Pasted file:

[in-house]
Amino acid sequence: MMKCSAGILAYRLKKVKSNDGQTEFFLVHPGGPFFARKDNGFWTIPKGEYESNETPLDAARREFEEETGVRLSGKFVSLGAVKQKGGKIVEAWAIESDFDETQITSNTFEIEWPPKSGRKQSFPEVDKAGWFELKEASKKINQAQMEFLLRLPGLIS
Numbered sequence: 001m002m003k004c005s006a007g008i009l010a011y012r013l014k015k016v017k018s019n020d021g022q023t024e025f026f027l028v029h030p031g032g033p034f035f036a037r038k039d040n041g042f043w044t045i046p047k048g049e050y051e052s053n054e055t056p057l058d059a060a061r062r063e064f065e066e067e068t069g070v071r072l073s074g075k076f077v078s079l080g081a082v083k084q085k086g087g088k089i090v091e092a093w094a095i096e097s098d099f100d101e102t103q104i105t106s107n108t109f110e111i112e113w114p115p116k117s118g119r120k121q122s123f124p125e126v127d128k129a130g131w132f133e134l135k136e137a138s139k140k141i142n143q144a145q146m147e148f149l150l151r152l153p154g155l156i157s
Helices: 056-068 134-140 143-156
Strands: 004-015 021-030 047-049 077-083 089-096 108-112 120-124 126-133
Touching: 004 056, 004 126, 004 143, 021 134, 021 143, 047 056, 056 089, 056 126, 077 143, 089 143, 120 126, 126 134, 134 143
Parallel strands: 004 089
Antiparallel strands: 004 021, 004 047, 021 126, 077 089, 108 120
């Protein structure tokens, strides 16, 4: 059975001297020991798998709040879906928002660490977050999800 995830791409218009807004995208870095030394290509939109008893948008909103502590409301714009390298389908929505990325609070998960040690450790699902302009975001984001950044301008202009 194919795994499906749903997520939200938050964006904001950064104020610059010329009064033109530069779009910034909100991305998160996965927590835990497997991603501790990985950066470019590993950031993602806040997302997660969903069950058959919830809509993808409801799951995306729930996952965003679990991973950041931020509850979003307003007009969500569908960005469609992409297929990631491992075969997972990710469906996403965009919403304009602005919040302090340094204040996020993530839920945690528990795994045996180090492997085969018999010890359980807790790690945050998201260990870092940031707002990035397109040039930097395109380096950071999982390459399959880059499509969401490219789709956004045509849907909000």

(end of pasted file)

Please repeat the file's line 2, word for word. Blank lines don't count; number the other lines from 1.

Amino acid sequence: MMKCSAGILAYRLKKVKSNDGQTEFFLVHPGGPFFARKDNGFWTIPKGEYESNETPLDAARREFEEETGVRLSGKFVSLGAVKQKGGKIVEAWAIESDFDETQITSNTFEIEWPPKSGRKQSFPEVDKAGWFELKEASKKINQAQMEFLLRLPGLIS